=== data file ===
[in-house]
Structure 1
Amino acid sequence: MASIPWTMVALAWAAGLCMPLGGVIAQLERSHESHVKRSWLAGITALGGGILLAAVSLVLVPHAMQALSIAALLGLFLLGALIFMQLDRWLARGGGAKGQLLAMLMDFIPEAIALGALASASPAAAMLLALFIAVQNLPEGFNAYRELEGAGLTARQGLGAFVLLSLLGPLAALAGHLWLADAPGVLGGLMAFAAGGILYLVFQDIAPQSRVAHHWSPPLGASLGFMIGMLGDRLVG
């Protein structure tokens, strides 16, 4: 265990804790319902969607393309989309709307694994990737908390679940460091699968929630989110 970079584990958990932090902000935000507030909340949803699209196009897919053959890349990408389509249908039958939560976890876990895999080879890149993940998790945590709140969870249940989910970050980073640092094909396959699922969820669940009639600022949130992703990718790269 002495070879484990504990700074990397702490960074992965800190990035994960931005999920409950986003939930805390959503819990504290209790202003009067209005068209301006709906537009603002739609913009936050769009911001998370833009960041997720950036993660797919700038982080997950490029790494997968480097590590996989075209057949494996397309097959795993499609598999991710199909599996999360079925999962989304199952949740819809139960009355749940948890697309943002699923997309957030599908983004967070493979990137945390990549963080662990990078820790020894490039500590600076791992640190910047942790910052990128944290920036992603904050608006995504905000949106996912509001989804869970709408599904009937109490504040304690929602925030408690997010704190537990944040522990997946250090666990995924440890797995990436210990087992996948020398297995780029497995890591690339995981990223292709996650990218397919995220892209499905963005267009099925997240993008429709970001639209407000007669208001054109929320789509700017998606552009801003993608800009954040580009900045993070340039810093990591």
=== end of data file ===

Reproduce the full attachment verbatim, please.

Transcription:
[in-house]
Structure 1
Amino acid sequence: MASIPWTMVALAWAAGLCMPLGGVIAQLERSHESHVKRSWLAGITALGGGILLAAVSLVLVPHAMQALSIAALLGLFLLGALIFMQLDRWLARGGGAKGQLLAMLMDFIPEAIALGALASASPAAAMLLALFIAVQNLPEGFNAYRELEGAGLTARQGLGAFVLLSLLGPLAALAGHLWLADAPGVLGGLMAFAAGGILYLVFQDIAPQSRVAHHWSPPLGASLGFMIGMLGDRLVG
């Protein structure tokens, strides 16, 4: 265990804790319902969607393309989309709307694994990737908390679940460091699968929630989110 970079584990958990932090902000935000507030909340949803699209196009897919053959890349990408389509249908039958939560976890876990895999080879890149993940998790945590709140969870249940989910970050980073640092094909396959699922969820669940009639600022949130992703990718790269 002495070879484990504990700074990397702490960074992965800190990035994960931005999920409950986003939930805390959503819990504290209790202003009067209005068209301006709906537009603002739609913009936050769009911001998370833009960041997720950036993660797919700038982080997950490029790494997968480097590590996989075209057949494996397309097959795993499609598999991710199909599996999360079925999962989304199952949740819809139960009355749940948890697309943002699923997309957030599908983004967070493979990137945390990549963080662990990078820790020894490039500590600076791992640190910047942790910052990128944290920036992603904050608006995504905000949106996912509001989804869970709408599904009937109490504040304690929602925030408690997010704190537990944040522990997946250090666990995924440890797995990436210990087992996948020398297995780029497995890591690339995981990223292709996650990218397919995220892209499905963005267009099925997240993008429709970001639209407000007669208001054109929320789509700017998606552009801003993608800009954040580009900045993070340039810093990591």